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Understanding Canine Parasites And Fighting Against Them

Understanding Canine Parasites And Fighting Against Them

Did you know that according to the Companion Animal Parasite Council, approximately 34% of dogs in the United States are infected with intestinal parasites? 

Also, there are over 100 veterinary internal parasites found in dogs, cats, small mammals, reptiles, and birds.

That’s a pretty alarming statistic, but fear not! 

With some understanding of canine parasites and finding the right ways to fight against them, we can keep our fur balls healthy and happy. 

So let’s dig in and learn how to become parasite-slaying pros! 

What Are Canine Parasites?

vet examines the dog's hair and looking for parasites

Behold – the pesky canine parasites, the uninvited guests who decide to crash at or inside your dog’s body without asking for permission. 

They are tiny, they are feisty, but they are mighty and downright problematic!

Do not be fooled by their tiny size! These evil critters can cause big problems for our lovely pooches if left untreated.

From skin irritation and anemia to more severe issues like heartworm disease, there are all sorts of health issues connected to different types of dog parasites. 

Types Of Canine Parasites

german shepherd dog was bitten by a tick at vet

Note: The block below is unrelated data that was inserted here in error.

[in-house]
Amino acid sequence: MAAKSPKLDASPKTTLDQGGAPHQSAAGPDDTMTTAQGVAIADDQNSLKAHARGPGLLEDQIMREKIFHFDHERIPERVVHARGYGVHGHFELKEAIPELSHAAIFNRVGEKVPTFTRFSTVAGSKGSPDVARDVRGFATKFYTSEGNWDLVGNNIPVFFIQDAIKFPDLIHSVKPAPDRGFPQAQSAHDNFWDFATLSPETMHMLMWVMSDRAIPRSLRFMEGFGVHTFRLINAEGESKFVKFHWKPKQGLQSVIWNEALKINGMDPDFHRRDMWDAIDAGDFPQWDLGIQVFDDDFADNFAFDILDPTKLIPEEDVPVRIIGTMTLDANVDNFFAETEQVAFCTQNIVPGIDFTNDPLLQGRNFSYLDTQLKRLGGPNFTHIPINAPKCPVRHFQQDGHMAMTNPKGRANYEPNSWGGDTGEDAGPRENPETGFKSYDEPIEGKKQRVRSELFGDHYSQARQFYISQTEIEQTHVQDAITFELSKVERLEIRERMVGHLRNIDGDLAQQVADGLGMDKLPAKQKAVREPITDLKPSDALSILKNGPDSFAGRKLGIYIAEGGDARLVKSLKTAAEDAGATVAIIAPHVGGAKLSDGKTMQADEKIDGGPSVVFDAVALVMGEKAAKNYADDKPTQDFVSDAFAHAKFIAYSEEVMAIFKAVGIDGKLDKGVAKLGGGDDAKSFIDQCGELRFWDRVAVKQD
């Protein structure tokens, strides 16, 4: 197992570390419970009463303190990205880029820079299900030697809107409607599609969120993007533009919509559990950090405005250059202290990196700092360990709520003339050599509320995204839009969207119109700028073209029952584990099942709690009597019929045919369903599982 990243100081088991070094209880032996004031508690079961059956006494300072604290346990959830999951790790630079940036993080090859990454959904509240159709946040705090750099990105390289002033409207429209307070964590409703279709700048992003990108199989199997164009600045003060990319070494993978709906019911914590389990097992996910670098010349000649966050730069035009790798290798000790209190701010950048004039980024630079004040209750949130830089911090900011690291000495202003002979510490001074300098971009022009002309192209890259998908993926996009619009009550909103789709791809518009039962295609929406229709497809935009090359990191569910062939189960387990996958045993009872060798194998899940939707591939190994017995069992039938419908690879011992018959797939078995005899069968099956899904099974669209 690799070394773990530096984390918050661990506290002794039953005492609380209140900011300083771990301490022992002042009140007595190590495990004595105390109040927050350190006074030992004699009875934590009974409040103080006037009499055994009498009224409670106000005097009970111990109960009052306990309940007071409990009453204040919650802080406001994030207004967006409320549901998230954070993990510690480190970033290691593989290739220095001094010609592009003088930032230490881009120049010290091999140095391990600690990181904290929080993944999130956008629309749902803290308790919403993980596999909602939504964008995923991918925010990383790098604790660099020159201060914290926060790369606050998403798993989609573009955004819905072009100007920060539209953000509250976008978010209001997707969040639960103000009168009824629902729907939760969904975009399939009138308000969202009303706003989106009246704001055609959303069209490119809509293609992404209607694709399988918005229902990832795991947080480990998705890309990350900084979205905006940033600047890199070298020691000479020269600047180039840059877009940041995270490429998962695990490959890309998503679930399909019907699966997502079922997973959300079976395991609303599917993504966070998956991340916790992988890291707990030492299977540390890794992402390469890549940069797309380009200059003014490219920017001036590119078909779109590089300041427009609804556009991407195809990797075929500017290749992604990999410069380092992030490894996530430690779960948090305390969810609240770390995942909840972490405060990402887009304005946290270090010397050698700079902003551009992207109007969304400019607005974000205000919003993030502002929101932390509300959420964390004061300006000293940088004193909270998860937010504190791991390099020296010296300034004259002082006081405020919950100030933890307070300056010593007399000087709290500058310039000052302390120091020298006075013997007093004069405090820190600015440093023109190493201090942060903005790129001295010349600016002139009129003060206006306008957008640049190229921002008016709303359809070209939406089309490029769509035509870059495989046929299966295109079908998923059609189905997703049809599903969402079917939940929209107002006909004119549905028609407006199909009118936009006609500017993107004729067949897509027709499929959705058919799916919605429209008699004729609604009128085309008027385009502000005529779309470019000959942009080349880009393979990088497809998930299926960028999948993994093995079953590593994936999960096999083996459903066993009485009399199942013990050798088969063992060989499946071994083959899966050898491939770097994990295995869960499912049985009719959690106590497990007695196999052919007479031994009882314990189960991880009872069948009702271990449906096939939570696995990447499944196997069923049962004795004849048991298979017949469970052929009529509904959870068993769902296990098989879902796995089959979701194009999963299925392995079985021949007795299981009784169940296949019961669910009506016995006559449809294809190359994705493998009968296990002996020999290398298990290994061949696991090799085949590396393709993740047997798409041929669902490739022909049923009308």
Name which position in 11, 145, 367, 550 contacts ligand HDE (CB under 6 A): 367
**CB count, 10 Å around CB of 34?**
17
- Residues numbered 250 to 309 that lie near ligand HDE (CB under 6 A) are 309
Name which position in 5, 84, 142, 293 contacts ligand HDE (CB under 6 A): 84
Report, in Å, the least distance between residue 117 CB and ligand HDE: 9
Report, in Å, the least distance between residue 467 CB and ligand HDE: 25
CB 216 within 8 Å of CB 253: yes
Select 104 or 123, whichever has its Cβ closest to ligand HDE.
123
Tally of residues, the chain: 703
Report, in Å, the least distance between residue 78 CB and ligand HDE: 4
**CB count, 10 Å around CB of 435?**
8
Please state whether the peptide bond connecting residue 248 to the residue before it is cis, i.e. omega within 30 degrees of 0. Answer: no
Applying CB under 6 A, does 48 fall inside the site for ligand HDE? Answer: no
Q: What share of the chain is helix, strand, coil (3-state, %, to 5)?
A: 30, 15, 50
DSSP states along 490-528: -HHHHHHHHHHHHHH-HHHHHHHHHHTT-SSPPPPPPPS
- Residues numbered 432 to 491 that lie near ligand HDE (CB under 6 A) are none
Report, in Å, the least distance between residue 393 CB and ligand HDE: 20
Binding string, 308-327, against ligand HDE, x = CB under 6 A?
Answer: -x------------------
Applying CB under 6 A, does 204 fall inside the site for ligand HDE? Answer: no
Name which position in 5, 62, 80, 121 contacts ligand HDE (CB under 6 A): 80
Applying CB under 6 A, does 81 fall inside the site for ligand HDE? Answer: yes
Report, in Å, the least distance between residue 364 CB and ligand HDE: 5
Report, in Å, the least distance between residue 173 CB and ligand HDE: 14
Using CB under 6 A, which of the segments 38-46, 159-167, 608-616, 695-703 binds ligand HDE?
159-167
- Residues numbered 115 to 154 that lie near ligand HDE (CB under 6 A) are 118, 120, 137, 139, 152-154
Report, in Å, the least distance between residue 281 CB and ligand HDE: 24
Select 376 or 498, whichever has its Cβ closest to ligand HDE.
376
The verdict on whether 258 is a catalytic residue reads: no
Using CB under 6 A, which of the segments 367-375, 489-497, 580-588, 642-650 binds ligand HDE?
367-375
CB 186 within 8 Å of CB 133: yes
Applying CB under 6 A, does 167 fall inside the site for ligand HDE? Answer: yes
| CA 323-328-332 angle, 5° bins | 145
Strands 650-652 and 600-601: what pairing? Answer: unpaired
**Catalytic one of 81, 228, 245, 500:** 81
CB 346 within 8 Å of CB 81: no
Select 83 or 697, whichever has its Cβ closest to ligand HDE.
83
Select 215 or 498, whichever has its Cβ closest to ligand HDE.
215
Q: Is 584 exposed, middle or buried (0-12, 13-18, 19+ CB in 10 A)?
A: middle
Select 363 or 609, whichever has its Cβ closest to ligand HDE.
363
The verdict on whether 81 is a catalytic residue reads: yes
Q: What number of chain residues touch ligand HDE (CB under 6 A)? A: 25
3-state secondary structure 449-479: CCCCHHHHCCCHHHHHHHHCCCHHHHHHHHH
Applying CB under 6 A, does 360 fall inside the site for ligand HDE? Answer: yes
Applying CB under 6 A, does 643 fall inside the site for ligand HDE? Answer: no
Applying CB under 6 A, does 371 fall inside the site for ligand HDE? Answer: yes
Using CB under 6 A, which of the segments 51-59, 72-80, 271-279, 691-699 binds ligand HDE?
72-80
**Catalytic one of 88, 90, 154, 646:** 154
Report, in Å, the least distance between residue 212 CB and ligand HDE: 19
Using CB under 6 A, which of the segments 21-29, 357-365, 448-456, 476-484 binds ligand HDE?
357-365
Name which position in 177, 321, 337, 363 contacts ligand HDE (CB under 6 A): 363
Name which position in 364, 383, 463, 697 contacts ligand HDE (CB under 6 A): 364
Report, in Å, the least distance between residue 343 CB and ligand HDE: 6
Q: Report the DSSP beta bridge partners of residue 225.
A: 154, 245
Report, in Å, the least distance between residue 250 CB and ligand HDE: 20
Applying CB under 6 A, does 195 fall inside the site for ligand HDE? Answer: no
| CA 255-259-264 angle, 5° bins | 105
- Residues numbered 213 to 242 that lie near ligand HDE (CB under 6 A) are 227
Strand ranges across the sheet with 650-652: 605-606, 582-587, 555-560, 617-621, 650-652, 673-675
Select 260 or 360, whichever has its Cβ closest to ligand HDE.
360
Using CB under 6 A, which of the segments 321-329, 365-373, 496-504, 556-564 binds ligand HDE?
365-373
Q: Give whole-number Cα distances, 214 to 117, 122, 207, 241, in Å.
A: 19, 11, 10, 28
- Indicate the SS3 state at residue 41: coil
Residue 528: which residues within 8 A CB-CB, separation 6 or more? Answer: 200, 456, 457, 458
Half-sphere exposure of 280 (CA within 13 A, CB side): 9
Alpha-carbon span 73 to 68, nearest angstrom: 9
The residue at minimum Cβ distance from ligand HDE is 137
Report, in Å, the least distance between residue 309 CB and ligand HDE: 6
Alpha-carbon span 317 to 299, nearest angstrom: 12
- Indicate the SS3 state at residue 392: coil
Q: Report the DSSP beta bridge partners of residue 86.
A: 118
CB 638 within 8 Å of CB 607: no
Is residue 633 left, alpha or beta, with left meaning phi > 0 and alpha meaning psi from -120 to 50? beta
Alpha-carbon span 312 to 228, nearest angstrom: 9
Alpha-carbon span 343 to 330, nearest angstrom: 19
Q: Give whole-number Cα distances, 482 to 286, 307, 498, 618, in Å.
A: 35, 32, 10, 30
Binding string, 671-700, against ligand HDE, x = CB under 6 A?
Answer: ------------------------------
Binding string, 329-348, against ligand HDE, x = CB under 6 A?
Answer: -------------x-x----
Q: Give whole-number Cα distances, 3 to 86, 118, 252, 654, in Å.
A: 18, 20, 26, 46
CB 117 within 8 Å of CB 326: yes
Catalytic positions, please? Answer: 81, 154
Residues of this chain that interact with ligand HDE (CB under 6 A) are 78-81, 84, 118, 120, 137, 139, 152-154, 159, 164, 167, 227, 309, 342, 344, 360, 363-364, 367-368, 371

Canine parasites come in all shapes and sizes, from tiny fleas to creepy ticks and even microscopic worms that love to make your pup’s belly their home. 

There are also the tiniest protozoan parasites that are capable of getting into your pup’s cells! 

It all starts with two main groups: 

  • the parasites that live rent-free on your dog’s skin and fur (ectoparasites)
  • the sneaky infiltrators that prefer to chill inside your pup’s body (endoparasites)

Now, you might be wondering, “Where did these fancy names come from?” 

Well, “ecto” means “outside” in Greek (just like how insects wear an “exo” skeleton on the outside of their body), while “endo” means “inside” (like how endorphins are the happy chemicals produced inside your body). 

1. Ectoparasites

Fleas are the most common ectoparasites that are found in both dogs and cats. After them come the pesky ticks, mites, and lice (1).

All of them feed on your pup’s blood, and some of them can transmit diseases while at it. 

For example, ticks can transmit Lyme disease to both dogs and humans, which makes them very dangerous (2). Other dangerous tick-borne diseases in dogs include Canine Babesiosis (often fatal), Rocky Mountain Spotted Fever, and Canine Ehrlichiosis.

Fleas on the other hand can cause anemia in severe infestations. In fact, when dogs ingest fleas while grooming themselves, they run the risk of contracting tapeworms. 

While they don’t typically transmit any super-dangerous diseases like ticks or fleas do, mites and lice can cause skin irritation and discomfort for your pup.